“The lines with their futures sorted may temporarily benefit from any customer apprehension over those in limbo, but if this does occur it will only be a brief side-benefit. Ultimately, carriers’ end game will be to optimize their fleets and minimize costs. Alliances have thus far have failed to solve the most elusive conundrum of stabilizing freight rates, and we do not expect this to change.”

Forwarders report zero freight on wretched Asia-Europe trade

Forwarders are reporting a growing number of enquiries for zero freight rates on container shipments from Asia to North Europe, even as spot rates on the trade and on Asia-Mediterranean this week matched the lowest levels ever recorded.

Asia-Europe rates hit $205 per TEU, a level it fell to on June 19, and spot rates to the Med dropped to $195 per 20-foot container, the level it hit on Oct. 16 last year, according to the the Shanghai Containerized Freight Index.

Even though March is the slack season, the year-over-year comparisons are ugly. Asia-North Europe is almost 70 percent down on the same week last year, and Asia-Med is down 76 percent. The comparisons can be found on‘s Market Data Hub, along with rates and volumes from all major east-west trades. contacted several forwarders, carriers and shippers about the zero freight reports and no one was prepared to go on the record because of the sensitivities around talking freight prices. However, there was widespread concern about falling rates.

A forwarder with offices in Hong Kong and China said two customers shipping about 100 containers a year to Europe out of three cities in the mainland said they had received a quote for zero freight and wanted him to match it.

“It is absolutely ridiculous. I still don’t know if a carrier actually offered this rate, but if zero freight gets into the market, that would be a disaster,” he said.

The head of ocean freight for a top 10 global logistics provider confirmed the trend of customers asking about zero rates and he warned the market was currently so unstable it was heading for a meltdown.

“Something dramatic is going to happen. The question is not if, but when, and it will hit everyone like a ton of bricks with service disruptions as carriers merge or go out of business,” the Shanghai-based logistics executive said.

The Asia-Pacific head of a European forwarder said he was seeing requests for spot and long term rates of between $50 and $100 per container. “We are not taking up this business, but today average rates offered by shipping lines are around $75-100 per TEU and 150 per 40-foot container,” he said.

“We have no intention to go below cost and we still sell with a profit in most cases, but indeed the margins are very much under pressure.” The forwarder said it was clear from meetings with carriers that they are ready to do whatever it takes to raise rates. “They cannot survive at today’s levels.”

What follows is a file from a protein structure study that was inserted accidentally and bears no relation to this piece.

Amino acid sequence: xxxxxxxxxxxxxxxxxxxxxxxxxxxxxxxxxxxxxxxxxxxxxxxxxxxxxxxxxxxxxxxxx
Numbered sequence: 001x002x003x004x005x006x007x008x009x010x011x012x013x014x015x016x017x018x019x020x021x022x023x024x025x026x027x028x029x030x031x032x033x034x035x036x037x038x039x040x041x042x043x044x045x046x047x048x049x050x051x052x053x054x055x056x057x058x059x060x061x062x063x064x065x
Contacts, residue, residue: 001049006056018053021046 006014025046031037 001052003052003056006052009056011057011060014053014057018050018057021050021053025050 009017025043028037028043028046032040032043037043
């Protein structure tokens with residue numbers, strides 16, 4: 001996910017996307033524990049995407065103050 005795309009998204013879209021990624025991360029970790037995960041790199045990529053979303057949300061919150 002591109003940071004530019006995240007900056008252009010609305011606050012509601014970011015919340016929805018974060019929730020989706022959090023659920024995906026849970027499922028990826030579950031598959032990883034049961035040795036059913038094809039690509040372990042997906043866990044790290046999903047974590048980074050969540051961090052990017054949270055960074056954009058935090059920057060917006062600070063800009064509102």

With carrier profitability at such precarious levels, he said bankruptcies were becoming a very real possibility. “Imagine what happens to a sailing schedule if one of your alliance partners suddenly becomes insolvent. Looking the situation today, there is a real possibility of this happening. It is not a desirable situation for anyone,” he said.

For forwarders to quote zero freight rates, it would have to either be offered by container shipping lines, or the rate would be low enough to enable forwarders to offer zero freight and recover the difference through excessive haulage and delivery charges. However, it is worth bearing in mind that in China, the Ministry of Transport forbids the offering of freight rates of below $50 per TEU, with the Shanghai Shipping Exchange monitoring tarrifs and deals on behalf of the MOT.

The three major container carriers contacted by said they had no hard evidence of lines offering rates at such give-away levels. An executive from an Asian shipping line said there were rumors in the market that zero freight was being quoted, but he said such a trend, if real, would not be sustainable and would result in problems for the shipping industry.

“Carriers would be better off laying up ships and shippers would not be in a position to maintain a smooth operation in their supply chain,” he said.

Another carrier executive agreed that rate levels have now reached the point where laying up vessels has become financially attractive. “It is getting quite ugly, but as long as we have carriers going for market share and others are subsidized by their governments, things will not necessarily improve,” he said.

The continued operation of loss-making carriers was also questioned by a major Asia-North Europe shipper, who pointed to new rumors of debt-wracked Hyundai Merchant Marine being merged with loss-making Hanjin Shipping.

“I just don’t understand the reasoning behind that. Why merge a loss with a loss in the hope that it becomes a positive?” he said, expressing frustration with the extreme volatility that has consumed the market in the past two years.

“We contract 70 percent of our cargo for the year and every week the rate drops. That means me, and everyone else in the business, has to continually explain our position and defend the contracts. These days we don’t even know where the vessel will be next week — it could be idled, or cancelled, or even scrapped.”